Sometimes it’s the smallest and simplest vintage item that is the hardest to find. I’ve written in the past about the popularity of the head band, or bandeau, for sports. They are very commonly seen in photos of women tennis players of the 1920s, but a search for one for my collection was proving to be almost impossible. For some time I’ve been coveting one Susan Langley pictured in her book, Roaring 20’s Fashion: Jazz. Her example was new and on the original sales card.
The problem with finding a 1920s sports bandeau is that it is obviously a stretchy knit band, and many women would recognize it as being for the head, but how many would see the specific purpose for which it was designed? I fear than many, when found, are not seen as item of significance. It’s just an old headband.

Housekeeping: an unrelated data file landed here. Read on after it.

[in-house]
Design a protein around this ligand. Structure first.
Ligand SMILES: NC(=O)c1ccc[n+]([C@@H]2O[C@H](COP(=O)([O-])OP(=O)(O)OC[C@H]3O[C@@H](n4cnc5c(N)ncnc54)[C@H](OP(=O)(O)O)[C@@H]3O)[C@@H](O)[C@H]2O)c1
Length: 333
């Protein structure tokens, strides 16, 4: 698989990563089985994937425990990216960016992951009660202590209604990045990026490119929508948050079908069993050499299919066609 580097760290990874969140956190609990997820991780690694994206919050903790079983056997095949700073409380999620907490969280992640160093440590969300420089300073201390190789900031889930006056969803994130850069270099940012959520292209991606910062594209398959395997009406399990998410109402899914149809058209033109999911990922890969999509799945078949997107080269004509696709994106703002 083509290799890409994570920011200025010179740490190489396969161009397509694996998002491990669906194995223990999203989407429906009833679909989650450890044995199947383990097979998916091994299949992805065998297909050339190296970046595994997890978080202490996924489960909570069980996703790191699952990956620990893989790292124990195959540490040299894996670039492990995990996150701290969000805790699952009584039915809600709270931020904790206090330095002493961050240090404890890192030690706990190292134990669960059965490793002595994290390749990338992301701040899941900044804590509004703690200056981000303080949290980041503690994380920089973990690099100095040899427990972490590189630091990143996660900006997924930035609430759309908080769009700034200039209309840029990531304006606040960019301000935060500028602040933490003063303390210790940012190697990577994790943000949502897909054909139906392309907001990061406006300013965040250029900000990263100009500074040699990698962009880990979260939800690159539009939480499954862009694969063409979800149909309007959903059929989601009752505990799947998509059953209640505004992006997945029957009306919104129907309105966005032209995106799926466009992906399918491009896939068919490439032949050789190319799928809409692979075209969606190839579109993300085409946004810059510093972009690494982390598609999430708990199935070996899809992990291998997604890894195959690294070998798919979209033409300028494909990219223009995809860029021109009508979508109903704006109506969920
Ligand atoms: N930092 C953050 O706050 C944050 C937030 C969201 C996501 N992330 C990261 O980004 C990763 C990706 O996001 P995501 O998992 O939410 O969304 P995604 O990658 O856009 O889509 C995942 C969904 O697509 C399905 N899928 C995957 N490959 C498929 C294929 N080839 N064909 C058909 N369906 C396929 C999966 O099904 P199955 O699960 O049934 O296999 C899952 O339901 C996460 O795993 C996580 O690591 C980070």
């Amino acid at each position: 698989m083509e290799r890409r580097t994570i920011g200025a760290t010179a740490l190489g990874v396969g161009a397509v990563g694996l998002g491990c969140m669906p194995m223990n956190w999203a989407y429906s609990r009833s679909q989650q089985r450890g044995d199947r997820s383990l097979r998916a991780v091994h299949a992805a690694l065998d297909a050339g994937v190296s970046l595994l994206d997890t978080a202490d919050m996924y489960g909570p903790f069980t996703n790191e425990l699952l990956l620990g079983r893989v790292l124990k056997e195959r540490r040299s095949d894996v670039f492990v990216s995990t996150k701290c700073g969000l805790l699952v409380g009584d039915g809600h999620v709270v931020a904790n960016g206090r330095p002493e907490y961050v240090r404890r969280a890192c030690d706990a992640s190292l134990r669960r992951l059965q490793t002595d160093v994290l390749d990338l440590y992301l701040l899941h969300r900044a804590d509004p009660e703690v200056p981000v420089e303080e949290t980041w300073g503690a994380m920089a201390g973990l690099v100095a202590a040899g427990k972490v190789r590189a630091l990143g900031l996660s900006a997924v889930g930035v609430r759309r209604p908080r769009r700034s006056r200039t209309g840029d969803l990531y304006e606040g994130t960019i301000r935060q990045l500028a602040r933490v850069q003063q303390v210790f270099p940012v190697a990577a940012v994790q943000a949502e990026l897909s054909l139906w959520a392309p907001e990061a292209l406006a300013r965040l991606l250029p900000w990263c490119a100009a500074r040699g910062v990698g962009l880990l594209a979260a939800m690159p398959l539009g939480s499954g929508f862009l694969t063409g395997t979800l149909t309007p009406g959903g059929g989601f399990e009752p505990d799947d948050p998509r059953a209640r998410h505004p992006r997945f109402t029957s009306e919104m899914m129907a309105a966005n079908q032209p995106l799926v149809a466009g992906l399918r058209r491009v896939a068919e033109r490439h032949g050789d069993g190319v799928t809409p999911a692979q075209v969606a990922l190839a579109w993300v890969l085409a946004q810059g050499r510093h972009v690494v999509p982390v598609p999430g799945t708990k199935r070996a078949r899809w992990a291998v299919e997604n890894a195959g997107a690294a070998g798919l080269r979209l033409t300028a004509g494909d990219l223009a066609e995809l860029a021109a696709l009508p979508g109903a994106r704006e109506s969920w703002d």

Thankfully, one etsy seller, O2Vintage, did recognize this little piece and listed it exactly as it is. Through some miracle I found it, and how I have the desired bandeau.
It’s finely knit of silk, and the five little decorative buttons are also made of silk thread wrapped around a base. The condition of this little piece is incredible, and I suspect the wearer was more into fashion than tennis!
Can you see where the band narrows slightly at the back? The wearer would not need nor want as much width where the bandeau is beneath the hair.
In this flat shot the width change is even more obvious. Sometimes we take something simple like a hair band for granted, but even the simplest object can be designed with improvement of use in mind.
From this early 1920s photo it looks as if I should have pulled the bandeau lower across the forehead of my mannequin. A quick look at the rest of my old photos show that these were worn just above the eyebrows, just as a cloche, the current style in hats, would have been worn.